Nintendo is jumping on board with Sony and Microsoft and launching its own paid online subscription service for the new Switch console. The benefits are rather thin beyond voice chat, discounts, and free Virtual Console games. But the company confirmed at its Switch launch event in Tokyo today that a premium online service would replace its previous model of letting players access multiplayer for free. Nintendo stresses that it will be an improvement over its past game-specific services. There is no price yet to this service, but Playstation Plus and Xbox Live are $60 for the year, so we should probably expect the same from Nintendo. Personally, I don't think Nintendo knows what it's doing with this.
Nintendo has never done paid subscription services before, and I'm not sure the company will be prepared to handle it correctly. Even Microsoft and Sony struggle to convince customers that their paid services are worth it. First, the free games have to be good. Second, the online multiplayer has to be worth the cost.
For one, Playstation Plus and Xbox Live give customers entire modern games for free, not just one single legacy game per month. It could still be cool, but only if the titles are good. It is entirely possible that Nintendo will not bother with the more popular titles and stick with things like the original Kid Icarus or Tetris (because Nintendo might think you can't get that on your phone, computer, or tablet). So don't go into this subscription thinking you're going to get highly desired titles like Earthbound. I highly doubt that you will, even if you already bought it on Virtual Console.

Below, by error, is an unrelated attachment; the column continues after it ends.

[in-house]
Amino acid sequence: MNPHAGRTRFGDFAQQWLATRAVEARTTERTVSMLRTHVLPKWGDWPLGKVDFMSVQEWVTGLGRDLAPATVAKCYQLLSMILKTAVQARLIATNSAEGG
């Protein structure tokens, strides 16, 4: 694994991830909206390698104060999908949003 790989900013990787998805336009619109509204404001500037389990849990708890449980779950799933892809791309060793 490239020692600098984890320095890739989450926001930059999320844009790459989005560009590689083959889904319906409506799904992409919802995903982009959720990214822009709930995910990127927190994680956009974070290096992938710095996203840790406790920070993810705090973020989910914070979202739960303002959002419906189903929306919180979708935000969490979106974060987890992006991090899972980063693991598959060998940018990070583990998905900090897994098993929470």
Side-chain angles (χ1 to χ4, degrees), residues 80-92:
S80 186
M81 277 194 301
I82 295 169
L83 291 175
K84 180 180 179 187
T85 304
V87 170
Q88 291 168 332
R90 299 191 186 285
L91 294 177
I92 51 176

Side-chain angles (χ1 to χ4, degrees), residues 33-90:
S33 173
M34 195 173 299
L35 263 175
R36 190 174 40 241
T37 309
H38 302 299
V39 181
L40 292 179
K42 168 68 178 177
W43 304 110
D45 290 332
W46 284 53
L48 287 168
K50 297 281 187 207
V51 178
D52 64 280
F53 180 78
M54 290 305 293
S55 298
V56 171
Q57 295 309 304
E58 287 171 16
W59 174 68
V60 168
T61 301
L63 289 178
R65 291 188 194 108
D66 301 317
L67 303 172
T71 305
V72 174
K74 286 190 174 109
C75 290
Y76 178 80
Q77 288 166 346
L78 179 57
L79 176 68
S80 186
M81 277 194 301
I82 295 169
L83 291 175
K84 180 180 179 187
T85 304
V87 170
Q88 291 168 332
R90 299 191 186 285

Second, online multiplayer for Plus and Live are just that. You can reach folks across the world and chat with them using your console and a headset. Nintendo, however, thought it might bring something new. It will rely on a smartphone app for voice chat. That's kind of cool, until you remember the million other messengers you can use that can stream the same thing and won't rely on a paid service. Skype, Hangouts, WhatsApp, and Facebook are just some of the few perfectly free options that can do the same thing. Heck, you can use Facebook for everything if you want to because you can coordinate events so easily on there. Facebook and Twitter have great communities too, if you're looking for friends to play with, in addition to forums and the rest of the internet that are all too happy to help. That said, Nintendo is unfortunately stubborn about creating exclusive software for its users. I hardly think its going to adapt and try something exclusive that's actually worth the money and not a service that can be provided for free elsewhere.
I really don't think this paid service will be worth it. Only so many Nintendo games include online multiplayer. The free demos and discounted games will also not really be worth it, as I doubt that Nintendo will truly give away any of its top titles. And the online lobby and chat is just a tired attempt to look more seductive to potential customers.